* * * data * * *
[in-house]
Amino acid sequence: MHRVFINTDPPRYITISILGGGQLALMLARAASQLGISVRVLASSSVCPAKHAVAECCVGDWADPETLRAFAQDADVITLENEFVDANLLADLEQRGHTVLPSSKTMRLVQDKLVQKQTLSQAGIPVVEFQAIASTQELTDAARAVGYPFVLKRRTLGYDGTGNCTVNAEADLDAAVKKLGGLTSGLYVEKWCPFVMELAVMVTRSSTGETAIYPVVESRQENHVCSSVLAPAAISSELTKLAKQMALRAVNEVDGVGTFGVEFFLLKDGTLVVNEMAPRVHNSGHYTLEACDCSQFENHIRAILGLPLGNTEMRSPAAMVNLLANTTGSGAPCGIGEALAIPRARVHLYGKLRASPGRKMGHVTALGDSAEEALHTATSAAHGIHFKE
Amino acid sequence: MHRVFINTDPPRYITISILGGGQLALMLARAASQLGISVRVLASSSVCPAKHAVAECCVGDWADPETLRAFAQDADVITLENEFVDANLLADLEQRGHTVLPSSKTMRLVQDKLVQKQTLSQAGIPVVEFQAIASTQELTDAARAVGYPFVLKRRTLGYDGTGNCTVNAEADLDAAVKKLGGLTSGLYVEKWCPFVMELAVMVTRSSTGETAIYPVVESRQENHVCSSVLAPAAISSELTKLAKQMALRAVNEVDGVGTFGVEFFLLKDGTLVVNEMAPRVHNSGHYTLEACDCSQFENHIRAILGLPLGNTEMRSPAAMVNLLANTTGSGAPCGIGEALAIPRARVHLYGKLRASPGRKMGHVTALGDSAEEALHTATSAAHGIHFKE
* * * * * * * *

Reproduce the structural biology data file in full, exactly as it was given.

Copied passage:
[in-house]
Amino acid sequence: MHRVFINTDPPRYITISILGGGQLALMLARAASQLGISVRVLASSSVCPAKHAVAECCVGDWADPETLRAFAQDADVITLENEFVDANLLADLEQRGHTVLPSSKTMRLVQDKLVQKQTLSQAGIPVVEFQAIASTQELTDAARAVGYPFVLKRRTLGYDGTGNCTVNAEADLDAAVKKLGGLTSGLYVEKWCPFVMELAVMVTRSSTGETAIYPVVESRQENHVCSSVLAPAAISSELTKLAKQMALRAVNEVDGVGTFGVEFFLLKDGTLVVNEMAPRVHNSGHYTLEACDCSQFENHIRAILGLPLGNTEMRSPAAMVNLLANTTGSGAPCGIGEALAIPRARVHLYGKLRASPGRKMGHVTALGDSAEEALHTATSAAHGIHFKE
Amino acid sequence: MHRVFINTDPPRYITISILGGGQLALMLARAASQLGISVRVLASSSVCPAKHAVAECCVGDWADPETLRAFAQDADVITLENEFVDANLLADLEQRGHTVLPSSKTMRLVQDKLVQKQTLSQAGIPVVEFQAIASTQELTDAARAVGYPFVLKRRTLGYDGTGNCTVNAEADLDAAVKKLGGLTSGLYVEKWCPFVMELAVMVTRSSTGETAIYPVVESRQENHVCSSVLAPAAISSELTKLAKQMALRAVNEVDGVGTFGVEFFLLKDGTLVVNEMAPRVHNSGHYTLEACDCSQFENHIRAILGLPLGNTEMRSPAAMVNLLANTTGSGAPCGIGEALAIPRARVHLYGKLRASPGRKMGHVTALGDSAEEALHTATSAAHGIHFKE